SPAC '04 (Mike Piera)

SPAC '04 (Mike Piera)

As if the “Reprise” peak wasn’t high enough, the band eventually morphed into the third section of this “Piper.”  Peeling away some of the layers of sonic residue, the band stripped the music down to some heavy drum and bass patterns.  Soon Trey and Page jumped into the mix and the band was locked into another infectious piece of improv, this time a down-tempo bulbous groove.  At this point, everyone’s minds were shattered to smithereens.  We were 40 minutes into the set and the entire time had been filled with some of the best Phish improvisation ever.  Before we knew it, we were coaxed into a funky and accented rhythm that delivered us right into the bouncing beginning of “Jibboo.”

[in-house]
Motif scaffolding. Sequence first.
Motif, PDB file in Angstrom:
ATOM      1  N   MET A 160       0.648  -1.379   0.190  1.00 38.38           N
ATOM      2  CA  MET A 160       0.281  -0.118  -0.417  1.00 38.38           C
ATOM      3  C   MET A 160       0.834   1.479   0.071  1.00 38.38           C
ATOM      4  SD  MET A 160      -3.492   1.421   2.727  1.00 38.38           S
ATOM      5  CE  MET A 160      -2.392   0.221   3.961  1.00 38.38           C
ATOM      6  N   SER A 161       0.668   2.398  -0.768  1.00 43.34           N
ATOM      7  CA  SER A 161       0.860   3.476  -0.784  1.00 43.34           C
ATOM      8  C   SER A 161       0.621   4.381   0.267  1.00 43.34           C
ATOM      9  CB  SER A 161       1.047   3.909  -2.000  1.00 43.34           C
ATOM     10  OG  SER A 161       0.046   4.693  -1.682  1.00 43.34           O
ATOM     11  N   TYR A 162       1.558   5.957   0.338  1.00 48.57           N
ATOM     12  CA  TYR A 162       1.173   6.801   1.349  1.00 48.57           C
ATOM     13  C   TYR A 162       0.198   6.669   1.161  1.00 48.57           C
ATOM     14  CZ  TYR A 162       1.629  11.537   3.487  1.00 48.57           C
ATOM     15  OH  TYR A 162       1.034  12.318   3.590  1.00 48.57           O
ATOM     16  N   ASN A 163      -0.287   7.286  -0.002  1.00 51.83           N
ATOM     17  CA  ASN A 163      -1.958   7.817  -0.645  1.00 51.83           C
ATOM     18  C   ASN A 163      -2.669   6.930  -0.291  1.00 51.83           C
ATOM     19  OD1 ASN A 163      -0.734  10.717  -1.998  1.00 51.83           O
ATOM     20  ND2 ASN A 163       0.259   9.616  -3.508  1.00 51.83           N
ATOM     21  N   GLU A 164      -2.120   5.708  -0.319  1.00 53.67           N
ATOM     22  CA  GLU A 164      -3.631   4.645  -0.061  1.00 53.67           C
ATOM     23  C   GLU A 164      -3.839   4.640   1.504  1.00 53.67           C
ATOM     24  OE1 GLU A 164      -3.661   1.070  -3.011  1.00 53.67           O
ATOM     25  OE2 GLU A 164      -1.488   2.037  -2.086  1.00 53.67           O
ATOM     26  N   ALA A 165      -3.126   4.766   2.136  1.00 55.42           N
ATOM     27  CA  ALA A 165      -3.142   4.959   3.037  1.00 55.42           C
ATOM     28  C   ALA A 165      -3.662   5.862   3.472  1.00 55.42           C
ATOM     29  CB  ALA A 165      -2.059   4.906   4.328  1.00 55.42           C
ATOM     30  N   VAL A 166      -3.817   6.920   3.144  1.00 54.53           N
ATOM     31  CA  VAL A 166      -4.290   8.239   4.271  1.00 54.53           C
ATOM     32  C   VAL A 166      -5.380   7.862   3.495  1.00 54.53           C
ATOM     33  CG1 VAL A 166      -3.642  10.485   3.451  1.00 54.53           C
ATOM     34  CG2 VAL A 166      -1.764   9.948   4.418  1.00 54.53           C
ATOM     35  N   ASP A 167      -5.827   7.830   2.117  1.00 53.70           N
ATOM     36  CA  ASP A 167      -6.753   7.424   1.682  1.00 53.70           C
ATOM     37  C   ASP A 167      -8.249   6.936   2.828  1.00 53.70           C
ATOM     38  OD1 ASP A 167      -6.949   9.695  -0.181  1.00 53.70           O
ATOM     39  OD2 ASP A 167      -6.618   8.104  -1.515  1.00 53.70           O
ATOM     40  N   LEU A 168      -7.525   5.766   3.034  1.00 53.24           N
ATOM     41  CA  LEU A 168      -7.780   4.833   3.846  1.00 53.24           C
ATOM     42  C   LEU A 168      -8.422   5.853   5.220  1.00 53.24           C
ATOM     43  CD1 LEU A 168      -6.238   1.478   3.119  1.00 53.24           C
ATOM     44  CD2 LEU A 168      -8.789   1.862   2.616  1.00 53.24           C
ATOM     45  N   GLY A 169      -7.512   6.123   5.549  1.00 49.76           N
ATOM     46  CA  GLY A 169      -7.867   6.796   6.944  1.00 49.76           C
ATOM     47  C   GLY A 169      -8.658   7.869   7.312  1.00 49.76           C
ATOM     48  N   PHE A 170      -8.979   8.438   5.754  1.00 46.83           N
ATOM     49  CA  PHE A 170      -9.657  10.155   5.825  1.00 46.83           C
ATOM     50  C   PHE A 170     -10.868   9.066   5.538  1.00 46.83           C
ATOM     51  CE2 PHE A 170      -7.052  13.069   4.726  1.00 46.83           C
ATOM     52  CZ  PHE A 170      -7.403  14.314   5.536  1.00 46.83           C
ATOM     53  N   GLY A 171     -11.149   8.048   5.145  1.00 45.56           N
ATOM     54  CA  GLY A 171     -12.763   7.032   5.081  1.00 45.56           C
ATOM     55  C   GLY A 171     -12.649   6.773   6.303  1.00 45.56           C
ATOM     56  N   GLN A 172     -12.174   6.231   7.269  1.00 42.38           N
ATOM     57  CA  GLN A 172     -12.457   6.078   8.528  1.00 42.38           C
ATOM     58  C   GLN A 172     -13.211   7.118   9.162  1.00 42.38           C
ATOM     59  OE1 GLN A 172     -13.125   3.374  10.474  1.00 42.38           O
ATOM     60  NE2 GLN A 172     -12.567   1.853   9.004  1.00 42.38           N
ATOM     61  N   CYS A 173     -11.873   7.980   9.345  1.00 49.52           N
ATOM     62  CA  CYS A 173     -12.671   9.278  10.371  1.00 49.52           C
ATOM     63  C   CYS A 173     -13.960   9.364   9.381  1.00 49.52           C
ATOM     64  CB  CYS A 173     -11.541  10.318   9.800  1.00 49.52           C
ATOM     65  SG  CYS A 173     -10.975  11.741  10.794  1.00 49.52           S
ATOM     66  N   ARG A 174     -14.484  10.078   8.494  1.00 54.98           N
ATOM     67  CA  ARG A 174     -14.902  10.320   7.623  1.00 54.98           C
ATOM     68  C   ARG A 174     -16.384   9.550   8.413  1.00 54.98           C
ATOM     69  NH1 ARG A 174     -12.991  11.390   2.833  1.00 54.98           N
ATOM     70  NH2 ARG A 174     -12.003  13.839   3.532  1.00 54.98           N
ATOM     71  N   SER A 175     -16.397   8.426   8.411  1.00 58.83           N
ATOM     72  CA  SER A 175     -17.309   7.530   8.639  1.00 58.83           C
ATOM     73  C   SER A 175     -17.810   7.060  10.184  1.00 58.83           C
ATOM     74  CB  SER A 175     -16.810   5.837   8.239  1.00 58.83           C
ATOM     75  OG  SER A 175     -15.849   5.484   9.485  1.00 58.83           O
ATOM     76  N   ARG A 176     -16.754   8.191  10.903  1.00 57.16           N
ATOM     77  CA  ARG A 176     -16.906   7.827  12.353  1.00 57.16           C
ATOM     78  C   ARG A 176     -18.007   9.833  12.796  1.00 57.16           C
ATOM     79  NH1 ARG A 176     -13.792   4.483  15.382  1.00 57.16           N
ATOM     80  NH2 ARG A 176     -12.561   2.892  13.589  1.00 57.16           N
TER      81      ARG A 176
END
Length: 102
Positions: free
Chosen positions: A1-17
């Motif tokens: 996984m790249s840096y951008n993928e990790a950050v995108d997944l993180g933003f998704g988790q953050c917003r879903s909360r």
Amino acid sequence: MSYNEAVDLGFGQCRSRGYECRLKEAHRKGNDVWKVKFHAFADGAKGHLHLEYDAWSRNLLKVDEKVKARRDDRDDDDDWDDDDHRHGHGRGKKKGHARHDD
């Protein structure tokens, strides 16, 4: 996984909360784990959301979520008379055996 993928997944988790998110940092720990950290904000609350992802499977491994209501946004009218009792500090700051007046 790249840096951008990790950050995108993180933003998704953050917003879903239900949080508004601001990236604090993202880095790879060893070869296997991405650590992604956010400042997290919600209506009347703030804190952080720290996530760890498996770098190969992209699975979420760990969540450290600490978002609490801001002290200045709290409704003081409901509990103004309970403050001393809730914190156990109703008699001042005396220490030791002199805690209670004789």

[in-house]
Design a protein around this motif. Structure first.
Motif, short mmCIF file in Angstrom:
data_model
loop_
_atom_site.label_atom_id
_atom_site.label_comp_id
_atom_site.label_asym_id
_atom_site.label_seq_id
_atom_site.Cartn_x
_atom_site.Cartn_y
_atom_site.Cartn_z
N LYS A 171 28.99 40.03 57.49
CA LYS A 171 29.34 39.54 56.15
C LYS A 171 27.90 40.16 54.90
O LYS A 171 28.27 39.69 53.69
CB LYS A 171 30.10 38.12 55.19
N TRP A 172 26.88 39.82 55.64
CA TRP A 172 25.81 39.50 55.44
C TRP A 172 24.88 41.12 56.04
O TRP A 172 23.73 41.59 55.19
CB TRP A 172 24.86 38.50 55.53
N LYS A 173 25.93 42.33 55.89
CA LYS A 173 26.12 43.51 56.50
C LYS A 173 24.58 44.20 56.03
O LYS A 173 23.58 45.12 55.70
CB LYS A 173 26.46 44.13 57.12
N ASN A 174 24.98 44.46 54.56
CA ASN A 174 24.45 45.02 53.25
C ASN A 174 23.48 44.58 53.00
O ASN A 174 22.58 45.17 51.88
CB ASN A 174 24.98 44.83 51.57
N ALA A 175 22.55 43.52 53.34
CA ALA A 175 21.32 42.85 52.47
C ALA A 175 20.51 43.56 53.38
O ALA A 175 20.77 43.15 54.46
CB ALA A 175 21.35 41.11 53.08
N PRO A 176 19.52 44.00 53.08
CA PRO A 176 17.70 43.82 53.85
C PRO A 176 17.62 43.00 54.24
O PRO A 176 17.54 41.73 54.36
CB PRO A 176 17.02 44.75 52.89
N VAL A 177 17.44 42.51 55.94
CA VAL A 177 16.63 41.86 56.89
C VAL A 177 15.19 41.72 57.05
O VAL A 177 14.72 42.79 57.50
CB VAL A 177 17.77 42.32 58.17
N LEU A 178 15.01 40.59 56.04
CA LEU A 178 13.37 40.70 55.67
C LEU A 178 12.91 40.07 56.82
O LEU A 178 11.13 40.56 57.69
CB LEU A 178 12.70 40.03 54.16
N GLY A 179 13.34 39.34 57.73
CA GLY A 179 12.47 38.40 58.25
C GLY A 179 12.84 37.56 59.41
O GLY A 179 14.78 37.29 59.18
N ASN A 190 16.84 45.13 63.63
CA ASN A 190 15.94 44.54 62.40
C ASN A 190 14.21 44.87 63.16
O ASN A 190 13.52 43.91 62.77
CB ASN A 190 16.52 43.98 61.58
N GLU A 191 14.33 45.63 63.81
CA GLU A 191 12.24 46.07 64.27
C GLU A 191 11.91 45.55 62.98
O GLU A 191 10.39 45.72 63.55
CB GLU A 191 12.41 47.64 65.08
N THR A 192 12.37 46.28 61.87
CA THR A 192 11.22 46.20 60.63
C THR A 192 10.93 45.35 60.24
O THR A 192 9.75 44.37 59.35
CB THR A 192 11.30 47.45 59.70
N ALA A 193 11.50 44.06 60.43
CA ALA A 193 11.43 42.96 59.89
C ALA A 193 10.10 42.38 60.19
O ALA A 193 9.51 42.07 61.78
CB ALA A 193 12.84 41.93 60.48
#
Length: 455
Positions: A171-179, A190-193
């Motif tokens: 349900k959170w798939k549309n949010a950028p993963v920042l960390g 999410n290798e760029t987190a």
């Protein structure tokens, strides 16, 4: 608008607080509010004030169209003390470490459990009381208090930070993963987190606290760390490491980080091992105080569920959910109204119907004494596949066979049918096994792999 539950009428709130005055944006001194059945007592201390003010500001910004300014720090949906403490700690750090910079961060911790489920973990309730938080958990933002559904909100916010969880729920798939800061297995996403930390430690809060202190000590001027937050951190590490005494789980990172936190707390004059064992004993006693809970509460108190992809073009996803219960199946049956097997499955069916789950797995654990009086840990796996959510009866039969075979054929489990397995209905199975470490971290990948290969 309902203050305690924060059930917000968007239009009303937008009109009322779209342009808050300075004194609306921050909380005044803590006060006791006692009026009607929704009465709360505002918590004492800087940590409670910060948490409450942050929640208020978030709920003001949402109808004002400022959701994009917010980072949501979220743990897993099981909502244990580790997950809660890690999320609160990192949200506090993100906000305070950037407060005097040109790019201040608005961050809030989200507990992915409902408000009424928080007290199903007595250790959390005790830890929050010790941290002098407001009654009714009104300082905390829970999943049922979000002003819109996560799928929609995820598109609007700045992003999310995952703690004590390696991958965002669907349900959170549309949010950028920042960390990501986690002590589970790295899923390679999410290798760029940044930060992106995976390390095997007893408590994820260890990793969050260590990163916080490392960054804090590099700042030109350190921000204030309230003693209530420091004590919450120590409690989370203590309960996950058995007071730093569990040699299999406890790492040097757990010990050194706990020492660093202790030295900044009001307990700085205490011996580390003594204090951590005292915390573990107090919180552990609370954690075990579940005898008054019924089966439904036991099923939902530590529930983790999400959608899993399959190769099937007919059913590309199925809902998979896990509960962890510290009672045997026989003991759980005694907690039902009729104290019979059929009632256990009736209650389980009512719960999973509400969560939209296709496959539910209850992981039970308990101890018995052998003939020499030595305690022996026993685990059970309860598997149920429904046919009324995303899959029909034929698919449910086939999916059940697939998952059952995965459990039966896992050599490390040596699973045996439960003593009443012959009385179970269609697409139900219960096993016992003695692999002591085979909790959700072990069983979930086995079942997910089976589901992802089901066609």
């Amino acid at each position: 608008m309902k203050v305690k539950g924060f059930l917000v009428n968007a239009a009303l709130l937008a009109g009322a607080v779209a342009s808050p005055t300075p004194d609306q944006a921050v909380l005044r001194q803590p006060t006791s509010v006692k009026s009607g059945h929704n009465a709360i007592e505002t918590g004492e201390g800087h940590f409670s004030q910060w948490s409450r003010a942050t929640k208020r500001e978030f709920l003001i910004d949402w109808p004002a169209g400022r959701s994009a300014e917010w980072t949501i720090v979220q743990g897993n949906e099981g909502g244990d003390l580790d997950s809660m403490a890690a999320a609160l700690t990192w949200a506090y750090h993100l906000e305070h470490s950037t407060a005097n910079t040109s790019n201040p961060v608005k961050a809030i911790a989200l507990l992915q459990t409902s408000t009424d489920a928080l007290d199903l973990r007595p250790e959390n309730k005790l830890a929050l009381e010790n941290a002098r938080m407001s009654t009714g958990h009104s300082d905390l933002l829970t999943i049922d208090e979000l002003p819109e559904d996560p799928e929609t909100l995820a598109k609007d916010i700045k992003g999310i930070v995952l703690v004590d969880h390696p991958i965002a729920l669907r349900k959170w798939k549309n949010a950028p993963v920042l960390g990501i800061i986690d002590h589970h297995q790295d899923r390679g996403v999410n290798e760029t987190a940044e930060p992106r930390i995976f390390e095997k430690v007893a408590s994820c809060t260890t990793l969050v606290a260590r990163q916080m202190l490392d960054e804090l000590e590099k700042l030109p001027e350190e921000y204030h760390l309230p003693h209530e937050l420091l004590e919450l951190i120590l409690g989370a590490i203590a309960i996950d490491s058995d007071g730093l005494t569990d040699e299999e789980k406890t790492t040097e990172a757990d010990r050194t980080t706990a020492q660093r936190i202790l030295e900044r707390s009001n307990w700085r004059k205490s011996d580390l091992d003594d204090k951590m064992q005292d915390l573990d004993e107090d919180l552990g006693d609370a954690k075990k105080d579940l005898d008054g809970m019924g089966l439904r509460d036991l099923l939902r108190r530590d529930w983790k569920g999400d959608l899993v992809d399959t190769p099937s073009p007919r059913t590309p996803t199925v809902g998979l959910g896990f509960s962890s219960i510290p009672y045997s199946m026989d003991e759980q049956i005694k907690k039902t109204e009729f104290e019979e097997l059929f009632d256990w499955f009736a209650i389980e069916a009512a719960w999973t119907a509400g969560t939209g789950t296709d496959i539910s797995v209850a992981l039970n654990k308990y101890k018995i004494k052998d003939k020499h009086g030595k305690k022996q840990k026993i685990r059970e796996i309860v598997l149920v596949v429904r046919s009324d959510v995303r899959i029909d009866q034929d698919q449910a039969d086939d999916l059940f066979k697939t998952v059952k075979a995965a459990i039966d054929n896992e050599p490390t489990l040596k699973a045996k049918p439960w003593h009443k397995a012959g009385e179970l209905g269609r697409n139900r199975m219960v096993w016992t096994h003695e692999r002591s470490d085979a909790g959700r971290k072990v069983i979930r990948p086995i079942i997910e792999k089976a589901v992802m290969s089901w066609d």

3176382207_0d3c0e8ddaAt this point, we all knew we were in the grips of the Phish on an incredibly special night of music.  The jam stemming from “Jibboo” provided the us with the tight and uplifting candy-grooving that was much-needed after such a long and ominous period of improv.  Returning our brains to some sense of normalcy, this “Jibboo” was placed at the perfect point in the set, bridging the dark and the light.  With none of their impeccable tightness lost, Phish lept from their melodic relief into a late-set “Limb By Limb” that turned into yet another indelible 6.19 memory.  Transcending the general path of Limb jams, this version blossomed with patience and beauty into some truly delicate Phish.  As the jam reached its midpoint, the music gained some swing and built into something far greater than an average Limb peak.  In a geyser-like eruption of melody, Trey led the band towards spiritual apex that echoed of The Grateful Dead’s rolling melodic peak of “The Eleven.”  This was pure hose, and it was good. Perfection, beauty, and symmetry are all words that could describe this musical arrival, putting an exclamation point to this set of utter insanity.